Edmonton - March 6, 2014 - Ever since his debut in Edmonton Oilers silks, I have had a bit of a soft spot when it comes to Ales Hemsky.
After years of being one of the few, if not the only, highly skilled players on the Oilers roster, few have given the talented winger credit for being as good a player as he has been over his now elven year career.
Was Ales ever a great player? No but he was a very good one that had the misfortune of playing for many a bad and with very few talented linemates.
While it was disappointing to see him leave town during yesterday's NHL Trade Deadline, the fact the Ottawa Senators gave up just a third and a fifth round pick to acquire him tells us there really wasn’t much of a market for him.
With that being the case, this notion that the organization somehow “devalued” the player is a bit of a head scratcher. It would be more than fair to say Hemsky wasn’t given a regular top six role over the past two seasons but it would not be fair to suggest he has been bottom six forward.
The opportunity may not have been as great this season but he was still given a decent number of minutes on one of the top two lines and a regular spot on the power play. The production simply hasn’t been there.
Over his last three seasons in Edmonton Hemsky posted all of 82 points, 28 of those being goals, in 162 games. Not exactly a prolific pace and nowhere near what he produced during his previous six seasons. One can try and put much of that on the coaching and/or situation but at some point, the player has to produce…something which the Oilers #83 did not do.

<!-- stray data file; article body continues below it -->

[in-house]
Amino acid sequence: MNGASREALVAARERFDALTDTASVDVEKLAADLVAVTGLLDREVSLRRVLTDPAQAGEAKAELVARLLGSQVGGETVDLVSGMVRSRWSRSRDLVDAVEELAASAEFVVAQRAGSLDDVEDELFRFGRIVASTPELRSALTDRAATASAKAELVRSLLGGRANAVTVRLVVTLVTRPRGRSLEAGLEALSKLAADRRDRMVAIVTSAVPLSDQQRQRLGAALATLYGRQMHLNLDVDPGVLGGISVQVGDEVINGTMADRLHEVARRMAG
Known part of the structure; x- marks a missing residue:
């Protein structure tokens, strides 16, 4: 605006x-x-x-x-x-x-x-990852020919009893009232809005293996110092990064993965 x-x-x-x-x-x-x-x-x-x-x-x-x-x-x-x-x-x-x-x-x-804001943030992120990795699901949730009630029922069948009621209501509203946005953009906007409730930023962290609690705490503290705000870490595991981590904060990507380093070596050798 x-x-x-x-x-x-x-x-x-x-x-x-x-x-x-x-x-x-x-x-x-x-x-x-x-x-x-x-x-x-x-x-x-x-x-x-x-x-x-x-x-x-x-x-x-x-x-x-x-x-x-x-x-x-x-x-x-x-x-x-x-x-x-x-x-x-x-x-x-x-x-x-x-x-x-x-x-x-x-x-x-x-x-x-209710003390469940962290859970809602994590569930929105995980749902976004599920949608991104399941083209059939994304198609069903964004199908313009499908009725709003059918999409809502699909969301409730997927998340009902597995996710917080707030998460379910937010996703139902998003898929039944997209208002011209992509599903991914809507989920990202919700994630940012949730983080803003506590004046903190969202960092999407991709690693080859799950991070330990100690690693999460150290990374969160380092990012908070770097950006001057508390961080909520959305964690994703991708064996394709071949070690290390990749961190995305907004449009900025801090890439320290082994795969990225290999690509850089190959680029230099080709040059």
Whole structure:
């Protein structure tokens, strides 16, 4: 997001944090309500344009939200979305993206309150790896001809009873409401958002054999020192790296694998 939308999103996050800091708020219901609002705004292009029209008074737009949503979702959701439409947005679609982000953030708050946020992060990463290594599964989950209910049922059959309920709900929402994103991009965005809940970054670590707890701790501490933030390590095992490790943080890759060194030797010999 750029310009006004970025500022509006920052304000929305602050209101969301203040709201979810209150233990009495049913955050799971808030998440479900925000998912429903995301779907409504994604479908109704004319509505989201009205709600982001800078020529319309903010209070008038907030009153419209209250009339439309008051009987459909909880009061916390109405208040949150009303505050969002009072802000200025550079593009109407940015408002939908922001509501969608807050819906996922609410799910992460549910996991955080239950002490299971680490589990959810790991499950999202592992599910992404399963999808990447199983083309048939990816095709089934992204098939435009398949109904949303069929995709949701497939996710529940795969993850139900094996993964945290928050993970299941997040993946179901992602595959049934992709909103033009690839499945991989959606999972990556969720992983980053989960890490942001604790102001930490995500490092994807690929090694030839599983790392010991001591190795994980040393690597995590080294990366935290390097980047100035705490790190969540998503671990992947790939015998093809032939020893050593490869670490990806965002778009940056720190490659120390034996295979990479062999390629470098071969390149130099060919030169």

TSN’s Craig Button was accused of being out to lunch when he suggested Edmonton would have been lucky to even get a second round pick for Hemsky at last year’s NHL Trade Deadline and only if they were willing to eat part of his salary. That coming exactly one year after the club decided to sign the then twenty-eight year old to a two year/$10 million extension, after getting nothing more than a second round pick offered for him during the 2012 Deadline.
So I ask the question in all honesty, how did the organization “devalue” the asset? Most seemed happy to have him on board for another couple of years, at what was perceived to be a fair contract number in this neck of the woods but not so much in other NHL markets. They signed and played the player and they player ultimately didn’t produce, albeit for a variety of reasons.
Does it suck that Craig MacTavish got basically nothing in return for Ales Hemsky? It certainly does but considering what other teams secured for players who have done far more in recent years, no one can really complain on the return. That said, if he wasn’t going to fetch them a 1st rounder when general managers were far more likely to part with one and he was putting up numbers, how exactly has he been “devalued”?
If you would like to blame the Edmonton Oilers management group for a variety of issues that currently effect the club, it should not be that difficult. Take your pick...the list is fairly lengthy. However, blaming them for something they truly had no control over, does seem to be rather silly.